When you make it easier to report assault, people will come forward.


October 21 • 2:00 PM

Private Donors Are Supplying Spy Gear to Cops Across the Country Without Any Oversight

There’s little public scrutiny when private donors pay to give police controversial technology and weapons. Sometimes, companies are donors to the same foundations that purchase their products for police.


October 21 • 12:00 PM

How Clever Do You Think Your Dog Is?

Maybe as smart as a four-year-old child?


October 21 • 10:00 AM

Converting the Climate Change Non-Believers

When hard science isn’t enough, what can be done?



October 21 • 8:00 AM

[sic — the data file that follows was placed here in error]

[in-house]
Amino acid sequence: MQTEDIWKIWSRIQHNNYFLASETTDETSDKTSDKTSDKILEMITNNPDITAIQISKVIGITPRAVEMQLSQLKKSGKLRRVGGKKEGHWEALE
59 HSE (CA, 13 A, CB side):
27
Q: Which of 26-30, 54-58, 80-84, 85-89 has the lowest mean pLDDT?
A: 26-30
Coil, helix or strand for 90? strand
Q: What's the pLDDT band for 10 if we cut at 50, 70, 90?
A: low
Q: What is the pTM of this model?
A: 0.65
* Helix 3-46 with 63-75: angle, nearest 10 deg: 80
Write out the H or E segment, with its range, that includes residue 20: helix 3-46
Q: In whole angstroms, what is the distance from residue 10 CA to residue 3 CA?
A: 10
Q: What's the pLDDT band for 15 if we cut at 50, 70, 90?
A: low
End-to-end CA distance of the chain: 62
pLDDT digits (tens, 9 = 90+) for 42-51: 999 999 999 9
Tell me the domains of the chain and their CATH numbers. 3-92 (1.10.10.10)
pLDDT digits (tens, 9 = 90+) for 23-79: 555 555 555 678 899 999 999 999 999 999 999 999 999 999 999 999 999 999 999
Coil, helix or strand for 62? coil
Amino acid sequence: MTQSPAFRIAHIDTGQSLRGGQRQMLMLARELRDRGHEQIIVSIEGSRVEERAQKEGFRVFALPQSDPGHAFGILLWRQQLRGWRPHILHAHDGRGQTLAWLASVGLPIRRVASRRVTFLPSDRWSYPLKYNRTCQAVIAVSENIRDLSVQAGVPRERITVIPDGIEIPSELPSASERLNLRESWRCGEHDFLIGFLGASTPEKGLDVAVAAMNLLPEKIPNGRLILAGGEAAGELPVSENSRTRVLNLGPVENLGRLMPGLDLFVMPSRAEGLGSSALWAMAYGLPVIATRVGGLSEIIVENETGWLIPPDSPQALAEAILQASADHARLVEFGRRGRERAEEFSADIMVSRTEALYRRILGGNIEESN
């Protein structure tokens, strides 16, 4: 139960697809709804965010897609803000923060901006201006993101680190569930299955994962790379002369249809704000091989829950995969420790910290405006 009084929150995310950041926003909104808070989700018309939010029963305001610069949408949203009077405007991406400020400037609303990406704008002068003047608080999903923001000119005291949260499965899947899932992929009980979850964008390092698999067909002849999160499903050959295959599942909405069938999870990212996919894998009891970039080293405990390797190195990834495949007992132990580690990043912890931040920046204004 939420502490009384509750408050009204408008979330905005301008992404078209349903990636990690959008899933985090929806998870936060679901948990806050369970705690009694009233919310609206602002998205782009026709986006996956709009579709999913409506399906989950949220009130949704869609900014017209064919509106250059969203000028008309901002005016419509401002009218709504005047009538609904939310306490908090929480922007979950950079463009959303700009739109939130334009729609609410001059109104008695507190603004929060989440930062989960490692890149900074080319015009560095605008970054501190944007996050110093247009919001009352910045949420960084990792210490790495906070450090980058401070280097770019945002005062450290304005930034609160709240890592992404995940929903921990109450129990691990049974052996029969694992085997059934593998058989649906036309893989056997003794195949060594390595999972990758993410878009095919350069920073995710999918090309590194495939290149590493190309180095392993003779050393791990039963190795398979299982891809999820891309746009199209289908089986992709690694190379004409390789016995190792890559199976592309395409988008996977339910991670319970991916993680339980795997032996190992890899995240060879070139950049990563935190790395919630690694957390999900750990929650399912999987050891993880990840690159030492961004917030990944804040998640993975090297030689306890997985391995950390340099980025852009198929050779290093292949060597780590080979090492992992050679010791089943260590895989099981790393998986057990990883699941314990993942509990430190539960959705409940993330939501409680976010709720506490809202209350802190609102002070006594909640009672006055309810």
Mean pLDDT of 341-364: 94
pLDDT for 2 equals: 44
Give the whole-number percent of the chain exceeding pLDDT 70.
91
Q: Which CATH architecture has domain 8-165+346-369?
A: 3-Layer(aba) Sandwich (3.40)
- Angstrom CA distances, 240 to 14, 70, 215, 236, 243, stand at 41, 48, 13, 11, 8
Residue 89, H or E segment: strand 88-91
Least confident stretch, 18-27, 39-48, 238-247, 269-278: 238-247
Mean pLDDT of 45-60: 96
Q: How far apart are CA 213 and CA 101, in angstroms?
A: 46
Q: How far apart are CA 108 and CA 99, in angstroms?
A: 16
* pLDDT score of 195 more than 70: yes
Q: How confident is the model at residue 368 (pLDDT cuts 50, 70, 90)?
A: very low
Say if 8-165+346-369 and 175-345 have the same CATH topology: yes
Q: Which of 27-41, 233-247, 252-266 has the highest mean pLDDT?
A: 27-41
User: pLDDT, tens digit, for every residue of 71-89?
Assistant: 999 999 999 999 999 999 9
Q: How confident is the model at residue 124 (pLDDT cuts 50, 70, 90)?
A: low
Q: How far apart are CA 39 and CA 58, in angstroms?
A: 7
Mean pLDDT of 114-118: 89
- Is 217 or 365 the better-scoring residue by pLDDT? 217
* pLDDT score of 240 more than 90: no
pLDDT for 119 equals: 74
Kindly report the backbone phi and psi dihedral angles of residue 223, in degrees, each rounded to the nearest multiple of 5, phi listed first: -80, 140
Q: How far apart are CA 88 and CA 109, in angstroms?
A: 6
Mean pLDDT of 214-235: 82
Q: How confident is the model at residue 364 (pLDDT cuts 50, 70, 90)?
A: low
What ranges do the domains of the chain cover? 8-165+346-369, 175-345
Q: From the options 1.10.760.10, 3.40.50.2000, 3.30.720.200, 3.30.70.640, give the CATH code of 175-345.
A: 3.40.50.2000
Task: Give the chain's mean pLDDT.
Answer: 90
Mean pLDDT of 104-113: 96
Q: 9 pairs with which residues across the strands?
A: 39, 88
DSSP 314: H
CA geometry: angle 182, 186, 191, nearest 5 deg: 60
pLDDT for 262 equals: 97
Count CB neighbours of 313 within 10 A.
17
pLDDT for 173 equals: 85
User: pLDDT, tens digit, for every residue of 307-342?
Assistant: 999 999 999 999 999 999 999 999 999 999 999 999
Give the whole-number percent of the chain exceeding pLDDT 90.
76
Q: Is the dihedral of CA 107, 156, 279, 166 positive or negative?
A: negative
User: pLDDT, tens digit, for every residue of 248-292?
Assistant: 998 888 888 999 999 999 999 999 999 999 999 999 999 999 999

Education Policy Is Stuck in the Manufacturing Age

Refining our policies and teaching social and emotional skills will help us to generate sustained prosperity.


October 21 • 7:13 AM

That Cigarette Would Make a Great Water Filter

Clean out the ashtray, add some aluminum oxide, and you’ve (almost) got yourself a low-cost way to remove arsenic from drinking water.


October 21 • 6:00 AM

Fruits and Vegetables Are About to Enter a Flavor Renaissance

Chefs are teaming up with plant breeders to revitalize bland produce with robust flavors and exotic beauty—qualities long neglected by industrial agriculture.


October 21 • 4:00 AM

She’s Cheating on Him, You Can Tell Just by Watching Them

New research suggests telltale signs of infidelity emerge even in a three- to five-minute video.


October 21 • 2:00 AM